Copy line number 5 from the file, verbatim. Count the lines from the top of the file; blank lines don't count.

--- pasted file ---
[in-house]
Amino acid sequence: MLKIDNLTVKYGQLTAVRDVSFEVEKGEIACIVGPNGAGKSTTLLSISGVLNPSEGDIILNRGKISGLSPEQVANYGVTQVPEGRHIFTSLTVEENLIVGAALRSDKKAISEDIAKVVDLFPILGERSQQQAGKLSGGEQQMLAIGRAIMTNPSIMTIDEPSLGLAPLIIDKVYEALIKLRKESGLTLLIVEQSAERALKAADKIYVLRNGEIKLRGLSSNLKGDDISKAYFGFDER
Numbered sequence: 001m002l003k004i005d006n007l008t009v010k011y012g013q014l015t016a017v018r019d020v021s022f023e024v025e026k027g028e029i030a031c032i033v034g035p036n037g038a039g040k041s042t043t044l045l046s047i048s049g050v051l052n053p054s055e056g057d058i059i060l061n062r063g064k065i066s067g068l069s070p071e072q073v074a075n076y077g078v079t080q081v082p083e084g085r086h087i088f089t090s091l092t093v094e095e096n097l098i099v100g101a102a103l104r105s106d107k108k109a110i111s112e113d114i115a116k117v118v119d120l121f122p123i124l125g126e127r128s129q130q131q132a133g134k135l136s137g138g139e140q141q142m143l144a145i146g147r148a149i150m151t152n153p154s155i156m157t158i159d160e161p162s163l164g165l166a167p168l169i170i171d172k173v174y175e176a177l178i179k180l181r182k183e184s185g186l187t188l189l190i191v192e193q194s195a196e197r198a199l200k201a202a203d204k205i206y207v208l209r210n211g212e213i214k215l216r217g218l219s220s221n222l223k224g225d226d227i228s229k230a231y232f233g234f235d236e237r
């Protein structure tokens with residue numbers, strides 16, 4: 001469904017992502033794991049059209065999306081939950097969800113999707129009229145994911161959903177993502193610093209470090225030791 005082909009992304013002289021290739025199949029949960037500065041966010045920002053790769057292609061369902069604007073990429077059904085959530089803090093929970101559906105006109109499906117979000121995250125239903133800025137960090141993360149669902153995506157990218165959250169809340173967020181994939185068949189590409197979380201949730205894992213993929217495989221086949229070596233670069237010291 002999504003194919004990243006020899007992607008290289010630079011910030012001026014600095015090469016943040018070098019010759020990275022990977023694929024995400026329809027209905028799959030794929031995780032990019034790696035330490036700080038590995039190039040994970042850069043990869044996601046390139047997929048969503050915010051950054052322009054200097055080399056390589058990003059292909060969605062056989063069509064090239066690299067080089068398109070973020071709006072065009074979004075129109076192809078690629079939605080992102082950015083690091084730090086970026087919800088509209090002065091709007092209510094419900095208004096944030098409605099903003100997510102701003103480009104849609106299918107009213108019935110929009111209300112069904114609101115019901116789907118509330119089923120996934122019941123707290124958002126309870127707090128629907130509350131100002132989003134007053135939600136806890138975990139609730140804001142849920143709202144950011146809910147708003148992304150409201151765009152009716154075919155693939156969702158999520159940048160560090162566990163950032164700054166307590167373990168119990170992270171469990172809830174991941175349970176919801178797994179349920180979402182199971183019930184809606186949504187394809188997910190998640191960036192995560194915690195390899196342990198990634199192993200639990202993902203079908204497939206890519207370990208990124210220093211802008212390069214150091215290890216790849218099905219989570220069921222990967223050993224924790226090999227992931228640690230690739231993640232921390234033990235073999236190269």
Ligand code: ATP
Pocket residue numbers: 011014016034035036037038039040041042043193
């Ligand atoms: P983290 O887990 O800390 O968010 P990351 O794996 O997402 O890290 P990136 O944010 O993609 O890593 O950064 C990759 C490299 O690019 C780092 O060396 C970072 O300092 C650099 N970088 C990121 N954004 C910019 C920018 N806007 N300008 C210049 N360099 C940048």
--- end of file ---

Ligand code: ATP